The 2015 update of the guidelines for prostate cancer from the National Comprehensive Cancer Network (NCCN) marks the 20th annual edition of the guidance.
The update contains three major changes, which are related to imaging, molecular testing, and the systemic treatment of castration-resistant disease, said James Mohler, MD, who chairs the NCCN panel for prostate cancer, in an interview with Medscape Medical News.
The section on imaging has new recommendations on the use of PET for bone scans and on a type of MRI for the imaging of the gland.
The revisions reflect “newly appreciated uses of imaging,” said Dr Mohler, who is from the Roswell Park Cancer Institute in Buffalo, New York.
Multiparametric (mp)MRI “can be used in the staging and characterization of prostate cancer” and “to better risk stratify men who are considering active surveillance,” reads the guidance.
mpMRI images are defined as those acquired with at least one more sequence in addition to the anatomic T2-weighted images, such as diffusion-weighted imaging and dynamic contrast images.
“MRI can be an invaluable tool in the overall management of prostate cancer,” said Marc B. Garnick, MD, from Beth Israel Deaconess Medical Center in Boston, who is not involved with the NCCN and was asked for comment.
“In my own practice, we often use MRI to more fully stage patients after diagnosis. It is particularly helpful in detecting anterior tumors, high-grade lesions, and hints that there may be either seminal vesicle, extracapsular spread, or both. It can also point out suspicious nodes and, for the rare patient with rectal wall involvement, it can be helpful,” he told Medscape Medical News in an email.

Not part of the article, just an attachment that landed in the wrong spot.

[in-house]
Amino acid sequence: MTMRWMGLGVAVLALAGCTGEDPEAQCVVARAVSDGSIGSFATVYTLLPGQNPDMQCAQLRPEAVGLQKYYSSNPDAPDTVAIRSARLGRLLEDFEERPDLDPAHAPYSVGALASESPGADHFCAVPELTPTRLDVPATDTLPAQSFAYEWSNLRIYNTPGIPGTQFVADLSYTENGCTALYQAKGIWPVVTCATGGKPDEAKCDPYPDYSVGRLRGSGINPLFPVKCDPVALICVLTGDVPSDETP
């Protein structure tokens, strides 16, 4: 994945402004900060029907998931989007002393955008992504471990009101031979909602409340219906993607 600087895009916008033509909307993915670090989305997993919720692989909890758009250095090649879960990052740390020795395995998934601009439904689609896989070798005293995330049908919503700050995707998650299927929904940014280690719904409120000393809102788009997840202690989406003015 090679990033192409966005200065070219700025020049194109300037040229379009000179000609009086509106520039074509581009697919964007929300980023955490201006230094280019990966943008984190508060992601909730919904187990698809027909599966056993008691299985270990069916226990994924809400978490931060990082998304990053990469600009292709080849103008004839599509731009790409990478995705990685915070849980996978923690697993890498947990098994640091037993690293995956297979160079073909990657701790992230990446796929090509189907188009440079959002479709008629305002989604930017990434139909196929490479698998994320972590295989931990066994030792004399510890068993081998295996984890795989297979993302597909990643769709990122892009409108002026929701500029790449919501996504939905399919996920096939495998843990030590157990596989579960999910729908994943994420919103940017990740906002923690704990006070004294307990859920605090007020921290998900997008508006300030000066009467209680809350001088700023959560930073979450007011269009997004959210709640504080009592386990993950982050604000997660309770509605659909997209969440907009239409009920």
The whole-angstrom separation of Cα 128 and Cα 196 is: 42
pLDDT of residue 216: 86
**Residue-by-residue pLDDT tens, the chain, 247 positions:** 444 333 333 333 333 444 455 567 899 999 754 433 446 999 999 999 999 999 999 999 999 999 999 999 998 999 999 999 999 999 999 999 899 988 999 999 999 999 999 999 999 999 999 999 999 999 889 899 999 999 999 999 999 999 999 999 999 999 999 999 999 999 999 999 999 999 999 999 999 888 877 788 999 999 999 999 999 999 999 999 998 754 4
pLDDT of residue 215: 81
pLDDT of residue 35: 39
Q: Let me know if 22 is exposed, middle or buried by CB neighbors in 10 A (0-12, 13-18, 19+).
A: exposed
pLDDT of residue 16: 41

MRI can be an invaluable tool in the overall management of prostate cancer.
The use of mpMRI in active surveillance is especially helpful, added Dr Garnick, who is editor-in-chief of the Harvard Medical School Annual Report on Prostate Diseases.
“MRI staging is a very important staging study for any man who is considering active surveillance, since it can definitely identify so-called anterior tumors than can be missed with prostate needle biopsies,” he explained.
Dr Garnick noted that mpMRI can also be used to monitor men on active surveillance, which is a recommendation not in the NCCN guidance.
“Because so many men do not want to undergo multiple prostate needle biopsies as part of their active surveillance programs, I have used MRI restaging as a surrogate…for monitoring men on active surveillance programs,” he said.